Will she try to come to the rescue of Lathrop’s overtaxed and overburdened citizens once again and stop the drain of hundreds of thousands of dollars of taxpayers’ money at City Hall?

Or, perhaps, will the rescuer be Councilman Oliver? After all, his campaign in the November 2008 elections was heavily premised on doing something about the Browne case. But he still has to translate those words into action.

During the devastating New Year’s floods of 1997, hundreds of people were mobilized to stop the flooding that threatened residential areas – including Lathrop – by filling in the breached levees along the San Joaquin River, while scores more anxiously took care of the boils happening in other sections of the levees that could have easily turned into another breach and more flooding.

In a way, that’s what’s happening in Lathrop. There’s a gaping financial breach at City Hall that’s threatening to drown the city coffers. Who is willing and brave enough, in a political sense, to fix it? Not today, not next week or next month but now. Vice Mayor Salcedo? Councilman Oliver? Anyone on the City Council?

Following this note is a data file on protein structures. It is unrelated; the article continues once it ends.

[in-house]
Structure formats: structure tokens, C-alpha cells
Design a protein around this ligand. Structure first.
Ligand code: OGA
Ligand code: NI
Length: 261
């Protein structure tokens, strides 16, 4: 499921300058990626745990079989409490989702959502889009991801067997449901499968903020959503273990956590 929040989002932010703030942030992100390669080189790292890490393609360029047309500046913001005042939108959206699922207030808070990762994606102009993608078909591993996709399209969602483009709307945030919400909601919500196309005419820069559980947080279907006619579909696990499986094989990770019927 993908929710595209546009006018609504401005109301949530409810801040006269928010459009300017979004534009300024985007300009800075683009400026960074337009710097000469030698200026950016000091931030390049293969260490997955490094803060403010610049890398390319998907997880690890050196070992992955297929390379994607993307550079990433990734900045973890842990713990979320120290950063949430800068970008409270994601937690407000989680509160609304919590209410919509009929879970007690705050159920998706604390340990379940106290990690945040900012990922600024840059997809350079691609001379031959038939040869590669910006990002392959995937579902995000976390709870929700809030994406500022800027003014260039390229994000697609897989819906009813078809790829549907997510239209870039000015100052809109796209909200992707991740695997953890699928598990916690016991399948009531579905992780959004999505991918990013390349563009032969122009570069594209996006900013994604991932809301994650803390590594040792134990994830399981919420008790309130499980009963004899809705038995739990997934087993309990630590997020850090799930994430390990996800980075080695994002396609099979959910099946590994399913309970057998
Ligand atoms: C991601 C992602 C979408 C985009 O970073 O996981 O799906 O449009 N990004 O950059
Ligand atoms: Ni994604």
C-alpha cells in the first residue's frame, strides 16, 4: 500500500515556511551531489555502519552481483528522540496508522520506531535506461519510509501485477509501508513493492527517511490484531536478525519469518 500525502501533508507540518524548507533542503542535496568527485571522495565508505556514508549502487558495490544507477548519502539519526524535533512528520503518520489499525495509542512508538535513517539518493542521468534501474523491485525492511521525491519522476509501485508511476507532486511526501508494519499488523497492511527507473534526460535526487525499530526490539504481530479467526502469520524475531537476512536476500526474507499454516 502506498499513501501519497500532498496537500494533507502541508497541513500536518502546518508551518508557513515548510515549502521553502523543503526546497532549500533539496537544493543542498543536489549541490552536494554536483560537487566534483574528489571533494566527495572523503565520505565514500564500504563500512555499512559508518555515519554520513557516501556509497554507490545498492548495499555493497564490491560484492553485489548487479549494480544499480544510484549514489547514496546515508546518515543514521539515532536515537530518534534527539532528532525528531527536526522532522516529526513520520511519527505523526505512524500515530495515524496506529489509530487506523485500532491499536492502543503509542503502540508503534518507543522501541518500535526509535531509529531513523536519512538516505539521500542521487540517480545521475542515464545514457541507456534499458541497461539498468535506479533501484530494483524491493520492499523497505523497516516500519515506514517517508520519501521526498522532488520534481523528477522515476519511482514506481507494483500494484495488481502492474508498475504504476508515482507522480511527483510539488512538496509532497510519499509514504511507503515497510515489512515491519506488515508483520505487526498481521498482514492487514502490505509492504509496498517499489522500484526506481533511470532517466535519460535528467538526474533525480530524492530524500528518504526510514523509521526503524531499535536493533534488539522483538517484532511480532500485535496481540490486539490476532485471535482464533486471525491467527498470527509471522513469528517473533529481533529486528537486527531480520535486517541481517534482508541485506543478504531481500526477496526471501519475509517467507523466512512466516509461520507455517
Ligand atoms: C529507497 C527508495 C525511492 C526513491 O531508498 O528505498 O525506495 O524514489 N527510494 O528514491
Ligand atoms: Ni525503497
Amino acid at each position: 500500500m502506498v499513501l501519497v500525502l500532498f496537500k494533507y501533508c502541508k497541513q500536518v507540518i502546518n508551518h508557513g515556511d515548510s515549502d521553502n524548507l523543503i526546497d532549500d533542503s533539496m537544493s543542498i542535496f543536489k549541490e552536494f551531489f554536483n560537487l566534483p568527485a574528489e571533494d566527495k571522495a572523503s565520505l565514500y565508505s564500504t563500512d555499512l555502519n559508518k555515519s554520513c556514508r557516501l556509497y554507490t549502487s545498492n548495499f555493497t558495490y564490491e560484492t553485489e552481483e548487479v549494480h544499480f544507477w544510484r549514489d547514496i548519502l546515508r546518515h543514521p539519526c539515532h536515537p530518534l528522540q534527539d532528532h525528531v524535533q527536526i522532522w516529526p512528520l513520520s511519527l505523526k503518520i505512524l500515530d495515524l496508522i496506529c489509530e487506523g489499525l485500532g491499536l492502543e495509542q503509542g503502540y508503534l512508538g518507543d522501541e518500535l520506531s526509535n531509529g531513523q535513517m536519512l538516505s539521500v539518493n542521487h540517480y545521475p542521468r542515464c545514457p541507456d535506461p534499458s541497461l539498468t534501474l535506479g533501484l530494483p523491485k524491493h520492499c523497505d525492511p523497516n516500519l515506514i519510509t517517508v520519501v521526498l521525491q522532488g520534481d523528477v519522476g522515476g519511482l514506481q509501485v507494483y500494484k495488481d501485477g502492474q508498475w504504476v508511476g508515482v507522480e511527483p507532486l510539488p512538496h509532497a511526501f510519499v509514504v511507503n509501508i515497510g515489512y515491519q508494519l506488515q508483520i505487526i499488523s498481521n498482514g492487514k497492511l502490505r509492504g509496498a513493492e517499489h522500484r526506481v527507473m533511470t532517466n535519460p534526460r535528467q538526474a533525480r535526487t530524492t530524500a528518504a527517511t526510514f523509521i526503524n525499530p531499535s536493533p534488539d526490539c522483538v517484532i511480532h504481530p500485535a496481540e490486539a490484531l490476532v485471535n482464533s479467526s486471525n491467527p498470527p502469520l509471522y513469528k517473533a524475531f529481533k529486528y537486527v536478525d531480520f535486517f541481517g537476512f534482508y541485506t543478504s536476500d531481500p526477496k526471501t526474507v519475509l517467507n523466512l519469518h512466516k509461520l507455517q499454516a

Perhaps the council is waiting to hear more than just the trio of fed-up voices coming from residents Dan Mac Neilage, Rosalinda Valencia and J. “Chaka” Santos who, to their credit, have consistently brought their concerns about the Browne fiasco which, by the way, could have easily happened and could happen again, to any city employee. If so, maybe now is the time for concerned Lathrop taxpayers to stand up and protest any further funneling of city funds to the attorneys by repeating the famous movie line: “I’m mad as hell and I’m not going to take this anymore.”

After all, that is their hard-earned money that is being squandered.